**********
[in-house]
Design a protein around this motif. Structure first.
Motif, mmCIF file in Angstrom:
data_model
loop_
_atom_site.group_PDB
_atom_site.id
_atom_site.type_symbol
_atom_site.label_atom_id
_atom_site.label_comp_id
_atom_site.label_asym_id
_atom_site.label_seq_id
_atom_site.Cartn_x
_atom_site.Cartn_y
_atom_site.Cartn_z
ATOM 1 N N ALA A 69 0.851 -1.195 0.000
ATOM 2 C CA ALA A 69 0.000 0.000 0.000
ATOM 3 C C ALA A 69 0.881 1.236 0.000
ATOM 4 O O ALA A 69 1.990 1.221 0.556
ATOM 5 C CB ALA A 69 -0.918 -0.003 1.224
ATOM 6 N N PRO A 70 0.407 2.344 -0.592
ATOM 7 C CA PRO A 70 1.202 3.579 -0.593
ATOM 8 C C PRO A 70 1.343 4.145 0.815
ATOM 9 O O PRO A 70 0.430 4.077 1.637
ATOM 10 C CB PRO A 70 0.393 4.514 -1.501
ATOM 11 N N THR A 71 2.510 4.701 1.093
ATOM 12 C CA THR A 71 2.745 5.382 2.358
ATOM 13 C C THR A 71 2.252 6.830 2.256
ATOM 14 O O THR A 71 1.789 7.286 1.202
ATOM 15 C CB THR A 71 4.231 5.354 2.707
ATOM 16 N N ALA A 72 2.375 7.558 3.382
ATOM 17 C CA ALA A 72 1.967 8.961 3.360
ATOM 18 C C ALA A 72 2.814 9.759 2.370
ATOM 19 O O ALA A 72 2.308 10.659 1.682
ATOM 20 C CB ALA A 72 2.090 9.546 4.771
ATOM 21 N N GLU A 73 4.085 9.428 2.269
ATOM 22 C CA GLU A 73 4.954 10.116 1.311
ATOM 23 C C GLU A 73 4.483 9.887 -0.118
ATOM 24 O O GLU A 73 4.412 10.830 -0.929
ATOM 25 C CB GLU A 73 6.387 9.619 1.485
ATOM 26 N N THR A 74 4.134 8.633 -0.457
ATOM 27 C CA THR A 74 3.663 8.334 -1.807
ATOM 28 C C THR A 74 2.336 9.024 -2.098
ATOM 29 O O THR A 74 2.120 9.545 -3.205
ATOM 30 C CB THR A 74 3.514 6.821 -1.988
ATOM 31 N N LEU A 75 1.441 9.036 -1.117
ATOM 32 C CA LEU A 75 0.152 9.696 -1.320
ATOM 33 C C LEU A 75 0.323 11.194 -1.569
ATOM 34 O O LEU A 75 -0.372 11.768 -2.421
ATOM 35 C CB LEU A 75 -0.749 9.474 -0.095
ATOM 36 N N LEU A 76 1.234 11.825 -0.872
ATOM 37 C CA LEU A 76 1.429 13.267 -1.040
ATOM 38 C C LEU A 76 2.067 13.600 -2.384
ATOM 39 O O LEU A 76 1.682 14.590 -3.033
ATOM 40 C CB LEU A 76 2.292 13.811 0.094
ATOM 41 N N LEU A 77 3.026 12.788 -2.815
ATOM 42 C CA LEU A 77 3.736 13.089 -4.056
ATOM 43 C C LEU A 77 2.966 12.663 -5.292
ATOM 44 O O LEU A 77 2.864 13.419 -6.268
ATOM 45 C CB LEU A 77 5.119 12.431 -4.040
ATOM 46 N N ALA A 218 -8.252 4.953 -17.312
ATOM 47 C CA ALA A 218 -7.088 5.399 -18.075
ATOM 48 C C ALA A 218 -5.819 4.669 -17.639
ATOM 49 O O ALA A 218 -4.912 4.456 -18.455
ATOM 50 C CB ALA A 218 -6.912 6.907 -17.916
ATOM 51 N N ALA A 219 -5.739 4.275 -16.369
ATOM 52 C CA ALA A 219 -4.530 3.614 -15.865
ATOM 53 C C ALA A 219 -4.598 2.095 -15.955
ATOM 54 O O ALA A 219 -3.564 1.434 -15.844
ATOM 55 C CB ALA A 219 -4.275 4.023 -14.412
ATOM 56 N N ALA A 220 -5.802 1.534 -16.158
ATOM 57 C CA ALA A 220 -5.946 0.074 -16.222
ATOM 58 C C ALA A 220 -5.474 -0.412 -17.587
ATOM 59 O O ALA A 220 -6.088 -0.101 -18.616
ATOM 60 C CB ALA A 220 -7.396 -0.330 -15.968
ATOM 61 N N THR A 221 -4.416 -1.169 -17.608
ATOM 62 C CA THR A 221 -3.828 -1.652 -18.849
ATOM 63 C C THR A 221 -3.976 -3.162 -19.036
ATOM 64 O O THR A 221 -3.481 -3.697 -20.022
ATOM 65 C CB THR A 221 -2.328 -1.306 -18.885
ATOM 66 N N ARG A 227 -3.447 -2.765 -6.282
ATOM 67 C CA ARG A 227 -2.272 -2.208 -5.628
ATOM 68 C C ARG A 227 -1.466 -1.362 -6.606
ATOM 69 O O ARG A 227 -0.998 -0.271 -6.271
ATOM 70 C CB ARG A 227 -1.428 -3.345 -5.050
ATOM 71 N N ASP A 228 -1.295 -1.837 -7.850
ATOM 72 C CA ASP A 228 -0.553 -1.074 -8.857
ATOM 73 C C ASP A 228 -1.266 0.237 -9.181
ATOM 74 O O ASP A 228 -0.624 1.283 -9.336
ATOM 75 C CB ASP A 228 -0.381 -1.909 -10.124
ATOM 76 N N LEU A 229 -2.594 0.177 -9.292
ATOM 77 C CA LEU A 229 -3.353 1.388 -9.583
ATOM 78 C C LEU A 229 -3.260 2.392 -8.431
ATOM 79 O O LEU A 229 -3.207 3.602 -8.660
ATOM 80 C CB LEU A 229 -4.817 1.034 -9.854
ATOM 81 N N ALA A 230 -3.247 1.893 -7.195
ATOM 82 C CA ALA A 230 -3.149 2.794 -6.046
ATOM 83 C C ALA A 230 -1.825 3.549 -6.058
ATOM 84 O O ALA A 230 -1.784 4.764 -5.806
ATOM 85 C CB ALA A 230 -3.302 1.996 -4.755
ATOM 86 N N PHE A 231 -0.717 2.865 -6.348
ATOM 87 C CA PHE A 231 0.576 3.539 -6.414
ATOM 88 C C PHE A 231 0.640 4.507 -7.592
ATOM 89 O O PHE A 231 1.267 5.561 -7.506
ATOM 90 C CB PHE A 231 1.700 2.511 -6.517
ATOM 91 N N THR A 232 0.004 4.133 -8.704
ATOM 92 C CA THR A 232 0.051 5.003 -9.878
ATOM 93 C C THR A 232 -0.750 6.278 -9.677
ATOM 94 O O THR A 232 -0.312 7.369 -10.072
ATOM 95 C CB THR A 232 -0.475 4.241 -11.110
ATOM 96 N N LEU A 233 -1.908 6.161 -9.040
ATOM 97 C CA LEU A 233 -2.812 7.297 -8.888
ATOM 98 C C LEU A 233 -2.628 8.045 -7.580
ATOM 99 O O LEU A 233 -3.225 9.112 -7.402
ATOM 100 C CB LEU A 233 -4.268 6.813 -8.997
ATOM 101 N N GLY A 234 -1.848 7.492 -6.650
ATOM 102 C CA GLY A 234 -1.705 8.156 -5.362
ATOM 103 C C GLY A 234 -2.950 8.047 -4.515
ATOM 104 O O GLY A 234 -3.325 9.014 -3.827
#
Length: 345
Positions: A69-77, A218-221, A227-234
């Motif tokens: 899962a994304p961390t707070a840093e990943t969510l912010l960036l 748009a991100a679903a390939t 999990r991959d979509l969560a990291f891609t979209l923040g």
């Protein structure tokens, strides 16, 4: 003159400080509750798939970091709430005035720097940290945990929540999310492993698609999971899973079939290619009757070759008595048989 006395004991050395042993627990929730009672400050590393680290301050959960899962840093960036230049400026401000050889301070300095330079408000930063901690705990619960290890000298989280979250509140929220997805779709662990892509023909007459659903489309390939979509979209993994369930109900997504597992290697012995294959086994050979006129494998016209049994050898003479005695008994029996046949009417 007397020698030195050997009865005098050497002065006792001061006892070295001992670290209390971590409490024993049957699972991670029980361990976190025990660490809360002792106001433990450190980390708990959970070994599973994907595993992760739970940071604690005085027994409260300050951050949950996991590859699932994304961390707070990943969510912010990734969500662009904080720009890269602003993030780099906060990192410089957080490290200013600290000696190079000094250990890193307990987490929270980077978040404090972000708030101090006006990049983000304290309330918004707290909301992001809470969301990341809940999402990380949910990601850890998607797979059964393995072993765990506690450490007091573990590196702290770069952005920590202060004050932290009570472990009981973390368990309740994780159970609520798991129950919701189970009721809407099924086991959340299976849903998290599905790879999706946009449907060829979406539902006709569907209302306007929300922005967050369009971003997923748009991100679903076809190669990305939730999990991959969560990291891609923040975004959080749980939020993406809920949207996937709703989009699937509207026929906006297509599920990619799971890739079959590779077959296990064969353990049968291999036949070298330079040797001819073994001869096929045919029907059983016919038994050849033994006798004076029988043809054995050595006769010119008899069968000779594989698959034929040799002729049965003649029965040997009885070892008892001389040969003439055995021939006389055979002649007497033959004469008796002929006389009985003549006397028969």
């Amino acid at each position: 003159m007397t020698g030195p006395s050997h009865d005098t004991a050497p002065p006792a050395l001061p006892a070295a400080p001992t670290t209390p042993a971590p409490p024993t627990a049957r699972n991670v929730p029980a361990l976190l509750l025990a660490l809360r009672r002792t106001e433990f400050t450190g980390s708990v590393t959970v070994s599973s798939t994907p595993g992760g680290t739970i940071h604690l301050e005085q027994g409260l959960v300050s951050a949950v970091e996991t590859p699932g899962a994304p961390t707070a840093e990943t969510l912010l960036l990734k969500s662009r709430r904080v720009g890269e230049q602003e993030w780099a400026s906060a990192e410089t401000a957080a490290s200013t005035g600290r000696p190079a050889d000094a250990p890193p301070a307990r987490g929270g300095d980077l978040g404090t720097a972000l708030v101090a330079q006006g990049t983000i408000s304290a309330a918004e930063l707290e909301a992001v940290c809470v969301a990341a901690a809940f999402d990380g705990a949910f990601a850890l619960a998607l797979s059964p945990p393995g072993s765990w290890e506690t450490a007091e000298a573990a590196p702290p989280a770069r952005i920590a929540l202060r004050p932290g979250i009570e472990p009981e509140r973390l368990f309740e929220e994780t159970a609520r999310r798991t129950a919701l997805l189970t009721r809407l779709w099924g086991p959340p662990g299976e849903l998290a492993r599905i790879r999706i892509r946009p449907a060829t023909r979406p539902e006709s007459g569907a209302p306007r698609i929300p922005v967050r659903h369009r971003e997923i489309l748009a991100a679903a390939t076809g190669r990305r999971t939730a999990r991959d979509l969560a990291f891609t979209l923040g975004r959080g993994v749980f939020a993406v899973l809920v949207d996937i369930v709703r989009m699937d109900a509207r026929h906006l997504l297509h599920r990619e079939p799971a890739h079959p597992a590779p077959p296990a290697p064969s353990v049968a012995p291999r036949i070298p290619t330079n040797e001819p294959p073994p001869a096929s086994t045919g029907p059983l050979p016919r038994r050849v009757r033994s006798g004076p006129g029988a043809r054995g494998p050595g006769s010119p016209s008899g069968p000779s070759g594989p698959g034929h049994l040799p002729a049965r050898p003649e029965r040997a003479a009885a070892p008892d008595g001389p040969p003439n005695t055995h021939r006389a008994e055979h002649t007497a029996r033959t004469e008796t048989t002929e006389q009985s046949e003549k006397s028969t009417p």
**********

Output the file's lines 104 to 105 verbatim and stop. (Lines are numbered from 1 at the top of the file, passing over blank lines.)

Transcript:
ATOM 89 O O PHE A 231 1.267 5.561 -7.506
ATOM 90 C CB PHE A 231 1.700 2.511 -6.517